Engine manufacturers have started unveiling technical solutions to meet a further step in off-highway diesel engine emissions regulation planned by the European Union.
Under current European and U.S. regulations, particulate matter limits determined by mass have been driven down by a remarkable 99% from EPA Tier 1 levels. EU Stage V rules will target ultra-fine particulate emissions, which are considered the most harmful to human health, by setting limits on the number of particles emitted.
The new EU-only regulations are expected to be phased in by engine power bands over 3 years starting in January 2019. The EPA has given no indication it will adopt the same measure, but future EU-spec engines may become standard if ag vehicle OEMs want to avoid the complication of supplying engines to different specifications in two major markets — Europe and North America — where emissions rules currently are pretty much identical.
One thing is known — using a diesel particulates filter (DPF) is the only way to meet the EU’s proposed limits defined by particle number rather than mass.
Some engine makers, such as Cummins, Deere and Perkins, already use filtration among measures to meet EPA Tier 4 Final and EU Stage IV rules. But AGCO Power, FPT Industrial, JCB Power Systems and MTU are among those who have chosen combustion tuning and selective catalytic reduction (SCR) to avoid using a DPF, which adds cost and often has a servicing requirement.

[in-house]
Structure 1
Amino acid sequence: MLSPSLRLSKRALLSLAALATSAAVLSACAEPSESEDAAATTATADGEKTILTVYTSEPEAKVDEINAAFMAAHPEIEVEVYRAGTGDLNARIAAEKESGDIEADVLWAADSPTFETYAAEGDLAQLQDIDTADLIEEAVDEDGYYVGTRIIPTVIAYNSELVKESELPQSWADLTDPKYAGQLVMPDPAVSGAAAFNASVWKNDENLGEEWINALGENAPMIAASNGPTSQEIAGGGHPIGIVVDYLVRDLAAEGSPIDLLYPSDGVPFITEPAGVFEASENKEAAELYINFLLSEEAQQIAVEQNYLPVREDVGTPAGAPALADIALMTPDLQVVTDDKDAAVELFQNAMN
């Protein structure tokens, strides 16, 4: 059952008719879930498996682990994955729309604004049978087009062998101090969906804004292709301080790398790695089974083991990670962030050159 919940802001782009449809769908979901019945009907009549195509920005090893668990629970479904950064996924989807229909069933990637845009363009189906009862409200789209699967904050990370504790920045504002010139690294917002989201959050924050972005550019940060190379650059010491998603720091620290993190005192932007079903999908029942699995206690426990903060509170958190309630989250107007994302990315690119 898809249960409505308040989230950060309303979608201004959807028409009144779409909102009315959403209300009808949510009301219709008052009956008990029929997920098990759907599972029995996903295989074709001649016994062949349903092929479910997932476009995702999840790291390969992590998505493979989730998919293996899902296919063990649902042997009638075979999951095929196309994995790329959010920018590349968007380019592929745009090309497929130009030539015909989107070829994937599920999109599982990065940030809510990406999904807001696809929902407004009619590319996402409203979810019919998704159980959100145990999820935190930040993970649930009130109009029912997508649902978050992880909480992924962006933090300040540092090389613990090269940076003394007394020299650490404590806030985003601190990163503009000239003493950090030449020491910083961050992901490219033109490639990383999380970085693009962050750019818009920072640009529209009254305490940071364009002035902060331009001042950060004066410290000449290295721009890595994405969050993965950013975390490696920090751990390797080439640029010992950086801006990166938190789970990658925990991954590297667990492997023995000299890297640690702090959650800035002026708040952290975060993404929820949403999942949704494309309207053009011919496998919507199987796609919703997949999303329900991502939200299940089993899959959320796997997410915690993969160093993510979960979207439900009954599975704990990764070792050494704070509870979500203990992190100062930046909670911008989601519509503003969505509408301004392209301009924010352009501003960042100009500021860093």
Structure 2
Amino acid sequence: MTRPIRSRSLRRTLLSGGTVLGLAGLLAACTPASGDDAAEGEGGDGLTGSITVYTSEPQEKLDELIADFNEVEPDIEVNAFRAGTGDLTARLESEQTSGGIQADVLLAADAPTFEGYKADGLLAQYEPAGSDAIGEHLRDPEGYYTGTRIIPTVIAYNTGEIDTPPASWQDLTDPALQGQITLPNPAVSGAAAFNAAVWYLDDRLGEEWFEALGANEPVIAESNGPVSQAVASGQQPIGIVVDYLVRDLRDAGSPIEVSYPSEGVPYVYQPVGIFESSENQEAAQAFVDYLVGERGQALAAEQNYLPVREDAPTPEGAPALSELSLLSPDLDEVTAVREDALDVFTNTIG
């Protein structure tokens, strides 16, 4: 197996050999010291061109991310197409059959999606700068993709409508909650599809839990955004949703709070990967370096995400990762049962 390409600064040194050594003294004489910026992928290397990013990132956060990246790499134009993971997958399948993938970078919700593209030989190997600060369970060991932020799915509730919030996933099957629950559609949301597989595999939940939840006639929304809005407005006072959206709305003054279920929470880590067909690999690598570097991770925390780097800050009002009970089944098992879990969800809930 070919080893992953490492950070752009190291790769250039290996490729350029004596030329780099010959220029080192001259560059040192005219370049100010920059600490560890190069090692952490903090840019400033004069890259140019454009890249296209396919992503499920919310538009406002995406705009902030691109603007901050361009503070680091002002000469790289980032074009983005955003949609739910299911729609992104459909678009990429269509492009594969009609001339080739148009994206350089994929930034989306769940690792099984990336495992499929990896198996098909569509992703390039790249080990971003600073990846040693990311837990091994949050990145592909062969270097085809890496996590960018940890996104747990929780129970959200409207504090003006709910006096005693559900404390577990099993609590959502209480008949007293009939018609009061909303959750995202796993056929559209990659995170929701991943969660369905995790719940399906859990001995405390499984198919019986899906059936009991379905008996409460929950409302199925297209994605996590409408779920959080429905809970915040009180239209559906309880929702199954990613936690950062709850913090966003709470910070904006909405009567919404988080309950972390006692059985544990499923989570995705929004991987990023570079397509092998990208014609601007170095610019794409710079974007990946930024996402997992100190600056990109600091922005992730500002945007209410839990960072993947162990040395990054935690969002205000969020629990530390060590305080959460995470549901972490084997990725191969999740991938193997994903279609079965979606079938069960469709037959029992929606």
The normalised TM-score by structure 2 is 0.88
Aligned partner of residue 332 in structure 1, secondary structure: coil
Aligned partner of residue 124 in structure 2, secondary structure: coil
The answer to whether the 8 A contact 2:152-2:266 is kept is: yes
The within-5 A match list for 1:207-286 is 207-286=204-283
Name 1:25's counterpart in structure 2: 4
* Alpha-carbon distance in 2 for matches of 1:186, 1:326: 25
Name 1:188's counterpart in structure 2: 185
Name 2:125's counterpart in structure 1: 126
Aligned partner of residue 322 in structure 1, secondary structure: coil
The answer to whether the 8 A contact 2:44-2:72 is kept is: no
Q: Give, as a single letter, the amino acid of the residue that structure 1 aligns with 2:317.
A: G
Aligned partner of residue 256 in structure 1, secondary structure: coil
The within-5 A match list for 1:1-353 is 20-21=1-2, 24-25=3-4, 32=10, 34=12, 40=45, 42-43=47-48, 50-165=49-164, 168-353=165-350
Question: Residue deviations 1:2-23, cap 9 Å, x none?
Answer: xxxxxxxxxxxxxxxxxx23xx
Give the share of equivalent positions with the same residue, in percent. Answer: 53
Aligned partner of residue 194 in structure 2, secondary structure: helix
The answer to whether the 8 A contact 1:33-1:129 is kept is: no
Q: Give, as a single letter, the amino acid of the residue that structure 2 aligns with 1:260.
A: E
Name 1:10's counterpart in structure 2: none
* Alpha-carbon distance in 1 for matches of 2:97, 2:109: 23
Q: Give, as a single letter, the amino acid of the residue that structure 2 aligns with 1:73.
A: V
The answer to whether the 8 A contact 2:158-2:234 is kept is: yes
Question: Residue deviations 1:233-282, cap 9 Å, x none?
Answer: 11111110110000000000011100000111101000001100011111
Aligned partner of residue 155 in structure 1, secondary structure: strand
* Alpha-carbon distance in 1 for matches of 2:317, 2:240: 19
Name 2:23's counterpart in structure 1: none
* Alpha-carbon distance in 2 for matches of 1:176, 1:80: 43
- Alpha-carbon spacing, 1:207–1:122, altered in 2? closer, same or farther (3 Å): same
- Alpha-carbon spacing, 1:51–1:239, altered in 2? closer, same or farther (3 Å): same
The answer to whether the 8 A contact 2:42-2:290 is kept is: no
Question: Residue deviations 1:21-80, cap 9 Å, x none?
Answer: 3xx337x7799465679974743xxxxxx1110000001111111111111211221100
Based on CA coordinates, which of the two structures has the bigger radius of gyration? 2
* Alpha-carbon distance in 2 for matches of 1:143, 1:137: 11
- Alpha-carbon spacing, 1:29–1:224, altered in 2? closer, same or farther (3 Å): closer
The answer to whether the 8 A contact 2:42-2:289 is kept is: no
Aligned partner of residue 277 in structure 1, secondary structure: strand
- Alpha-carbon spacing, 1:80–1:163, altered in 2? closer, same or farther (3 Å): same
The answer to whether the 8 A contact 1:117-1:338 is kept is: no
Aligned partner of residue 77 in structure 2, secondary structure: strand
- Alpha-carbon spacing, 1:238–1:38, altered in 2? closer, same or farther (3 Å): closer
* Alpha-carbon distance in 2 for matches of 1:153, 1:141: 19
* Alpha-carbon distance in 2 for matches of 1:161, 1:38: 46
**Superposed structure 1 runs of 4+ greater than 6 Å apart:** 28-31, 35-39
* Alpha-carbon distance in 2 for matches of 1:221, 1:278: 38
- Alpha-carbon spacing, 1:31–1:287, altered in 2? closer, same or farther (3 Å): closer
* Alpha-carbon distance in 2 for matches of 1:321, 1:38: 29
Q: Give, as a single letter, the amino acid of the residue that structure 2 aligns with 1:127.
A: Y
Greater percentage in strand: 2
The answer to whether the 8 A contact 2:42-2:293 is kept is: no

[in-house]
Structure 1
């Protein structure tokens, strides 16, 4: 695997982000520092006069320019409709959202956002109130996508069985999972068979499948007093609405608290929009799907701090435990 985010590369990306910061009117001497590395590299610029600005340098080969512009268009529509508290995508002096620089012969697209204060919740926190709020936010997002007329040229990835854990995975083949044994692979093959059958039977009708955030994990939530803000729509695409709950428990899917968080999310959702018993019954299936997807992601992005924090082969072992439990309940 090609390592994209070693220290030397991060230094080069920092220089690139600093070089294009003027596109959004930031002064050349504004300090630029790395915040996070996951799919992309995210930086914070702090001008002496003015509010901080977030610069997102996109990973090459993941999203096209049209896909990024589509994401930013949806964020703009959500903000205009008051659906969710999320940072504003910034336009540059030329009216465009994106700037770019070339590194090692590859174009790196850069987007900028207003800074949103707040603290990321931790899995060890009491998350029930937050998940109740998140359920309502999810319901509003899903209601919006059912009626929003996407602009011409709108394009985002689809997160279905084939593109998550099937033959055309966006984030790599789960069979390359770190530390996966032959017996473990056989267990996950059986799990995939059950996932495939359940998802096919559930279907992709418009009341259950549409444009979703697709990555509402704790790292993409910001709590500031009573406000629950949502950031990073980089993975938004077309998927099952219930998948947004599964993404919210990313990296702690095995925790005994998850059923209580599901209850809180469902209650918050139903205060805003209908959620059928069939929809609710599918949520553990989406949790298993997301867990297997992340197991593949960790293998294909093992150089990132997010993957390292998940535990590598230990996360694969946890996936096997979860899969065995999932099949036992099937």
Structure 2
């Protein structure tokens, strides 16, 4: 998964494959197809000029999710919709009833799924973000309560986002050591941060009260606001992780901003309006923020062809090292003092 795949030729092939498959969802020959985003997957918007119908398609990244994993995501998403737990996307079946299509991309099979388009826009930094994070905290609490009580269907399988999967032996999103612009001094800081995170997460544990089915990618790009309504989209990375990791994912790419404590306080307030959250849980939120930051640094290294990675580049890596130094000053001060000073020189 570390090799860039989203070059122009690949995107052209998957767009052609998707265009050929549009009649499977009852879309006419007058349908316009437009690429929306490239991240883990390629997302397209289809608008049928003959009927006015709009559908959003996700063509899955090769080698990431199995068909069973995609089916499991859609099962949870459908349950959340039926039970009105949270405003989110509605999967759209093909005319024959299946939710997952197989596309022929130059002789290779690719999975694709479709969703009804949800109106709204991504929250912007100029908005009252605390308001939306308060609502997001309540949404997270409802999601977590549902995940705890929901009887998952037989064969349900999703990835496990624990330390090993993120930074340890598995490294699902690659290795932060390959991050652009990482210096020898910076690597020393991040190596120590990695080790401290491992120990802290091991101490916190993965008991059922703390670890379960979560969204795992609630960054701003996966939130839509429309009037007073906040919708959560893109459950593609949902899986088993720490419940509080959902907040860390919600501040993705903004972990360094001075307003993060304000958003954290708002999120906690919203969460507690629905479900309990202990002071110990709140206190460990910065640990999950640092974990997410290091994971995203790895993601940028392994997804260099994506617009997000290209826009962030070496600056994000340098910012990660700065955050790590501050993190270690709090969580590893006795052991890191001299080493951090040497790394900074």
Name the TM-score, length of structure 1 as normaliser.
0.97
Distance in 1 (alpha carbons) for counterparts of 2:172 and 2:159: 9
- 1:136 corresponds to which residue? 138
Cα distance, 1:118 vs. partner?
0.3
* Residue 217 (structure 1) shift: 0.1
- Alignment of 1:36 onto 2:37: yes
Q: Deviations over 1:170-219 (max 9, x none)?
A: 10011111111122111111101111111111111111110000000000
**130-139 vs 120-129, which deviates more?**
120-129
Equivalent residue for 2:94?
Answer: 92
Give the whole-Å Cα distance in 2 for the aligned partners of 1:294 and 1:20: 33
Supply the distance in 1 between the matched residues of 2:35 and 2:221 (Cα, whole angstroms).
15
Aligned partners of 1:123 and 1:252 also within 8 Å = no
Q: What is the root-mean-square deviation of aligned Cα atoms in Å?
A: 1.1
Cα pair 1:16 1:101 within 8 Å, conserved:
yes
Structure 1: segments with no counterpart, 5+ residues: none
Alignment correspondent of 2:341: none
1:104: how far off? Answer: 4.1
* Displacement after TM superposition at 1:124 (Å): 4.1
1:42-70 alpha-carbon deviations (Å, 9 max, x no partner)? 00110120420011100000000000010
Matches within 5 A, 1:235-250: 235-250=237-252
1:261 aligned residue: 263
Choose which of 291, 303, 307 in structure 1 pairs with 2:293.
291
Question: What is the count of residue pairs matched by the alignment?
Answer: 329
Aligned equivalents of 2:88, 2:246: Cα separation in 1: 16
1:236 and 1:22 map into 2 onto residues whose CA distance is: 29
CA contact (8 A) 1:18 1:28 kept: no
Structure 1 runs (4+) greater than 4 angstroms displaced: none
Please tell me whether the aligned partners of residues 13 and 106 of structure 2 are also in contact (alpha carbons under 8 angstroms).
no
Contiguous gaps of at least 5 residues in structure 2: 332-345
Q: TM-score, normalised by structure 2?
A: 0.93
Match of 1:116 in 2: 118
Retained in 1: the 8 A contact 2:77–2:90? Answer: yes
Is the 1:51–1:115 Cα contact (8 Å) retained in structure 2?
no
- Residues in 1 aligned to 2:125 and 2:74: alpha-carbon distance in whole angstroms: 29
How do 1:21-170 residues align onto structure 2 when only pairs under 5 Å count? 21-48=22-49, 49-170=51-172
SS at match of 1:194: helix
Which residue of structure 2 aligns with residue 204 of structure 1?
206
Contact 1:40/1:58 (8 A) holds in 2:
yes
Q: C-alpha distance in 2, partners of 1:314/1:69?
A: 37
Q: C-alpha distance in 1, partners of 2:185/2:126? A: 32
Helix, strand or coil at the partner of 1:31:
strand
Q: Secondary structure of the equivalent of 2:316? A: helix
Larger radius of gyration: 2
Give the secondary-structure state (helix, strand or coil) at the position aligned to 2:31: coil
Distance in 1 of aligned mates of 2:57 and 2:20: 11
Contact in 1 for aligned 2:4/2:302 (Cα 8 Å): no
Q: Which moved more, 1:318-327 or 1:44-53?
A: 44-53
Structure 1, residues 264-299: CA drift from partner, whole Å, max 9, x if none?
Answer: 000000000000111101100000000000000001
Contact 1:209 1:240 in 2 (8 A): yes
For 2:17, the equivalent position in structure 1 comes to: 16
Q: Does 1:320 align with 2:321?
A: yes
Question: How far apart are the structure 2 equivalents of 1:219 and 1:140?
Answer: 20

Although the regulations have yet to be formally established, engine manufacturers have pushed ahead with solutions. Deutz already has DPF options in anticipation of the Stage V limits as an addition to the SCR system on 4.1-liter and larger engines and the diesel oxidation catalyst on 2.9- and 3.6-liter sizes.
OEMs using the EcoFit Single Module solution unveiled by Cummins for heavy-duty and mid-range engine applications are promised easier exhaust treatment integration. The module is up to 60% smaller and 40% lighter than today’s combined SCR and DPF systems, it says.
FPT Industrial says a particle filter will replace part of the SCR catalyst in its next-generation HI-eSCR system. Together with a lack of exhaust gas recirculation (EGR), this will help maintain the after-treatment installation flexibility available with the manufacturer’s Tier 4 Final engines.
Perkins highlights its experience as an early adopter of DPF technology and is confident that its low temperature regeneration system — to periodically remove accumulated deposits from the filter material — can be applied to Stage V engines while remaining “invisible” to the operator and without interfering with the machine’s duty cycle or work load.
Germany-based MTU, a division of Rolls-Royce Power Systems, says the EU Stage V requirements and further improvements in fuel efficiency will be among priorities for product development.